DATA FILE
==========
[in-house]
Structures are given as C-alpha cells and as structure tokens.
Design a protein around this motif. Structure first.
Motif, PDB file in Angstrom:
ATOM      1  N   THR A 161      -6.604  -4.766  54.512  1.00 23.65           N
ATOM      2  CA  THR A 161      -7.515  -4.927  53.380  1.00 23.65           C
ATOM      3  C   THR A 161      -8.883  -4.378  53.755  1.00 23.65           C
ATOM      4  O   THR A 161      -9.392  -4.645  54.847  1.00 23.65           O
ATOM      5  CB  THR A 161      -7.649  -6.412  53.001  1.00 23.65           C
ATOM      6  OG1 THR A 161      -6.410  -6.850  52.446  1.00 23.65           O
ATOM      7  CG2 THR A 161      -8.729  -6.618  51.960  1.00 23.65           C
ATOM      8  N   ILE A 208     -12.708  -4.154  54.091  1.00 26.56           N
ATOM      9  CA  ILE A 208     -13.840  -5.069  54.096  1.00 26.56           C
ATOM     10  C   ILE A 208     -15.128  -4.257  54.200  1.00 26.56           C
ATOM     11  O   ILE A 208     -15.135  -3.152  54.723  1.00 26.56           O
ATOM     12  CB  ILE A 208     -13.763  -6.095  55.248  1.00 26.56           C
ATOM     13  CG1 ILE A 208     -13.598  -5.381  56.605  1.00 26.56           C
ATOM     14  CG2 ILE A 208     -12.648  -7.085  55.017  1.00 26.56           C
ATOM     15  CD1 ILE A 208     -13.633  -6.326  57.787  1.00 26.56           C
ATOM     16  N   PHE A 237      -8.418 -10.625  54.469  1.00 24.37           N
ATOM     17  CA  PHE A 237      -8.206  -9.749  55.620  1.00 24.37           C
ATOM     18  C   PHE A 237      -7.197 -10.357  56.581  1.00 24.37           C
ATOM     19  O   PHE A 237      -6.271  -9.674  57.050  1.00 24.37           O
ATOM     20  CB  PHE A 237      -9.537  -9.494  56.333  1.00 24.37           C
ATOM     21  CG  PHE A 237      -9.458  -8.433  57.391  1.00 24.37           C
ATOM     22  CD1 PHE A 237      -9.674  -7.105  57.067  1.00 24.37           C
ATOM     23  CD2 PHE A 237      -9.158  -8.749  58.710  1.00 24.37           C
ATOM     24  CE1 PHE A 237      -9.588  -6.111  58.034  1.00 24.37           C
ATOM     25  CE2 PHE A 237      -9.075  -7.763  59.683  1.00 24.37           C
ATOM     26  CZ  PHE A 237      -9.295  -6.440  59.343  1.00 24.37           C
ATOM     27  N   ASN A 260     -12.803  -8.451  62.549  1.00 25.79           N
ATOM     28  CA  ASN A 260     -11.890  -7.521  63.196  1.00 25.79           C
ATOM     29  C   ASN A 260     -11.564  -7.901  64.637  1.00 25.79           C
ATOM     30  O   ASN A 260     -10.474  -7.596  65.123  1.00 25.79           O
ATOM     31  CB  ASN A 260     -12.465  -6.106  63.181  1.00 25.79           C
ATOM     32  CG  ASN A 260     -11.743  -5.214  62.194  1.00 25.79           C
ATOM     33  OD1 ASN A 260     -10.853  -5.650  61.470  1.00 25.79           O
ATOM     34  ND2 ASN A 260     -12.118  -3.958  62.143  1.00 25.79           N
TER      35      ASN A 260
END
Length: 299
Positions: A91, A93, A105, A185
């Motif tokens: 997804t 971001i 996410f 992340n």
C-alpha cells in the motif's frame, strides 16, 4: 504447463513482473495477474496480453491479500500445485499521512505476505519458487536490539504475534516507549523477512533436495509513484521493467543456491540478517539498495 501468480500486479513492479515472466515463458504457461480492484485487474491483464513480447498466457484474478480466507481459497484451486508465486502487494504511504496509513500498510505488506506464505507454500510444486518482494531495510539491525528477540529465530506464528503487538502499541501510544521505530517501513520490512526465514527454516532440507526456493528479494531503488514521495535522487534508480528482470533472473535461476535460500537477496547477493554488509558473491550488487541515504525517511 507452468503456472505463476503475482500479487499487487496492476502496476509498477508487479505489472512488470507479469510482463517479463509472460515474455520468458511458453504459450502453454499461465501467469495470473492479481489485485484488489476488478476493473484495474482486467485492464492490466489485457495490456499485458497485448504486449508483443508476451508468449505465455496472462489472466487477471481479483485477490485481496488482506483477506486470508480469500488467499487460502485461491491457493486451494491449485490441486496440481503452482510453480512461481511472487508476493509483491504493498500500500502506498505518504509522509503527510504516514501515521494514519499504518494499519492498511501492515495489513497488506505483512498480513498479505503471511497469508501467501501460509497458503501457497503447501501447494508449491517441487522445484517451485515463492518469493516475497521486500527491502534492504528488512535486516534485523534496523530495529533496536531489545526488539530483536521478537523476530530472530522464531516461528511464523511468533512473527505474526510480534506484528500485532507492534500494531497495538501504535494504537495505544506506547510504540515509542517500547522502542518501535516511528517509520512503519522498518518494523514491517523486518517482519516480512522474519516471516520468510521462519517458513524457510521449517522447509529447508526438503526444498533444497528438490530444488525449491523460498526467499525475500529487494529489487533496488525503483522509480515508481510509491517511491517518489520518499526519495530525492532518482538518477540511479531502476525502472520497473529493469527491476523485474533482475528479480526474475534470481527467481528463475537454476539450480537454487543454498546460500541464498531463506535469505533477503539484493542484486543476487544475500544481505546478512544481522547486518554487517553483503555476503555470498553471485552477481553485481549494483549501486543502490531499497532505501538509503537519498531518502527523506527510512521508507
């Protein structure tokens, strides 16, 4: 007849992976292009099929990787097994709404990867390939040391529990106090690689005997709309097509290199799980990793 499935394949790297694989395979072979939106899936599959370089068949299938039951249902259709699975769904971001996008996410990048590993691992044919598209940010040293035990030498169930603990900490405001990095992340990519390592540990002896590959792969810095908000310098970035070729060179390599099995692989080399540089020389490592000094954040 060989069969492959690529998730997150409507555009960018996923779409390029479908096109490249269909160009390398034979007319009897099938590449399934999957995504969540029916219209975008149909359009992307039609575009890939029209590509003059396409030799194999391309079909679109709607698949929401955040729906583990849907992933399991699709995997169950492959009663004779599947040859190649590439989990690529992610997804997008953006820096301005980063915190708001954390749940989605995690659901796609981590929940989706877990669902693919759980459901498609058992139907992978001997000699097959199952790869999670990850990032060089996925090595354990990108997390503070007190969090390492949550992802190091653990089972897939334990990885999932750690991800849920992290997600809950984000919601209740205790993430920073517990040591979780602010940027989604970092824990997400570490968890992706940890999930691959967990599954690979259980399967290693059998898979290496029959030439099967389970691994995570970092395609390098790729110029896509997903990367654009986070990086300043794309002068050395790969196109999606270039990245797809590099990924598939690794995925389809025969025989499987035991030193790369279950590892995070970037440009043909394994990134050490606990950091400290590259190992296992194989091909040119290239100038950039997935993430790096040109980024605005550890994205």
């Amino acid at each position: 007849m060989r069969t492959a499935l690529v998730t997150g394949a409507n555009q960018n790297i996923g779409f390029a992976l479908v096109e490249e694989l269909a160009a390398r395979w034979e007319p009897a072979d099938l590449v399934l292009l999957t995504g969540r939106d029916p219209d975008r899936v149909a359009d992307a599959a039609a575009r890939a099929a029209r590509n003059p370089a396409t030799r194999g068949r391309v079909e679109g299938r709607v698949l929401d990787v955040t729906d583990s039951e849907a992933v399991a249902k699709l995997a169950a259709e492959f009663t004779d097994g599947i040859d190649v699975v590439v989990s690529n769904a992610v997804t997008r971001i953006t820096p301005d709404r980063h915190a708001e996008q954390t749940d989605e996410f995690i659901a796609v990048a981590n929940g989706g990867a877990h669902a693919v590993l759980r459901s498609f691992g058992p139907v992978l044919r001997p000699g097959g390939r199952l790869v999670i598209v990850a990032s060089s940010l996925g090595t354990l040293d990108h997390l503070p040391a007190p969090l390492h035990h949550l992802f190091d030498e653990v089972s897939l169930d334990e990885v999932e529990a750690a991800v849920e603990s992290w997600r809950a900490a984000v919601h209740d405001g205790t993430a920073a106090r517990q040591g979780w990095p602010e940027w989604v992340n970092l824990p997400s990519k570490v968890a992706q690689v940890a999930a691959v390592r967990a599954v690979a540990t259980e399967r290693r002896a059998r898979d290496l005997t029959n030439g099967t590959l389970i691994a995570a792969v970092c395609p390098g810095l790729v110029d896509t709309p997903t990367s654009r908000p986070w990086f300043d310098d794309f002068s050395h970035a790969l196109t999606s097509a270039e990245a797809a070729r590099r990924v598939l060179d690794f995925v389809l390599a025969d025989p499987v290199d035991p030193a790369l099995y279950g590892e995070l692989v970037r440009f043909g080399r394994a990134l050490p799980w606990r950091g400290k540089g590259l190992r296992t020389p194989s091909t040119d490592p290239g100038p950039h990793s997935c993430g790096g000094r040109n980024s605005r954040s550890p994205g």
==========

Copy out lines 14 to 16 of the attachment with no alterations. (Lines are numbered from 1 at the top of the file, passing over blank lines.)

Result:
ATOM     10  C   ILE A 208     -15.128  -4.257  54.200  1.00 26.56           C
ATOM     11  O   ILE A 208     -15.135  -3.152  54.723  1.00 26.56           O
ATOM     12  CB  ILE A 208     -13.763  -6.095  55.248  1.00 26.56           C